Director John Huston’s brilliant 1979 film version of Flannery O’Connor’s dramatic Deep South tale is nothing short of inspired.
In arguably still his best performance to date, Brad Dourif gives a brilliant portrait of a disturbed young man, Southerner US Army war veteran called Hazel Motes, who becomes a preacher and sets up The Church Without Christ in response to all the sacrilegious images he sees around him.
A fired-up Huston switches effortlessly from weird comedy to religious satire and then deep into poignant drama, and the movie is given credence by screen-writer Benedict Fitzgerald and the performances of a cast who look born to play these characters. The film is given added distinction by the cinematography of British DP Gerry Fisher and the score of veteran Alex North.
Dourif spent the rest of his busy career mostly playing nutters in usually undistinguished horror movies but here he quite simply gives the performance of a lifetime. However, Ned Beatty as Hoover Shoates, Harry Dean Stanton as Asa Hawks, Dan Shor as Enoch Emory, Amy Wright as Sabbath Lily, William Hickey as Preacher, Mary Nell Santacroce and Huston himself as Grandfather are nearly up there with him.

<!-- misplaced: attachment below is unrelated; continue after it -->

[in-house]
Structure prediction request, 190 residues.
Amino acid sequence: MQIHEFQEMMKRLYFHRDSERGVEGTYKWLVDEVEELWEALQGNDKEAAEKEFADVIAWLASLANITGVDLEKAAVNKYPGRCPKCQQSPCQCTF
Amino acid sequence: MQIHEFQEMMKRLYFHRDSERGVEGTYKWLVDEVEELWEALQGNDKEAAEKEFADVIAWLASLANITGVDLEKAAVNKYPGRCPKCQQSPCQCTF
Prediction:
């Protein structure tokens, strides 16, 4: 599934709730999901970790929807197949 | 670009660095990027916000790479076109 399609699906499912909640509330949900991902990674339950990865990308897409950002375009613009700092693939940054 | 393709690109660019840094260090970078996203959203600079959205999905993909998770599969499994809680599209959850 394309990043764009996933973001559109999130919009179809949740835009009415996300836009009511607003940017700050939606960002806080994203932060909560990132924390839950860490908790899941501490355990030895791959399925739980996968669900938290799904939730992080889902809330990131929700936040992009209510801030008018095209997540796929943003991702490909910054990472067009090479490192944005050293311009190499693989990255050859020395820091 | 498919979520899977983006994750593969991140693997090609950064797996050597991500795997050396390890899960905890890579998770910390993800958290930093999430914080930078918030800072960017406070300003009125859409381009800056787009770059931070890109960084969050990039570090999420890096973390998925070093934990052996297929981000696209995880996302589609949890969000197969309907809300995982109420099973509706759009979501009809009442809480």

After a bit part in W.W. and the Dixie Dancekings (1975), Dourif’s credited film debut was as Billy Bibbit in One Flew Over the Cuckoo’s Nest in 1975. By 2016, he has 160 film and TV credits. His gallery of disturbed characters includes Eyes of Laura Mars (1978) and Milos Forman’s Ragtime (1981), he teamed up with director David Lynch for Dune (1984) and Blue Velvet (1986), provided the voice of the evil doll Chucky in Child’s Play (1988) and its sequels, and broke from the horror genre with roles in Mississippi Burning (1988), Hidden Agenda (1990), London Kills Me (1991) and as Wormtongue in Peter Jackson’s The Lord of the Rings trilogy.
© Derek Winnert 2016 Classic Movie Review 4121
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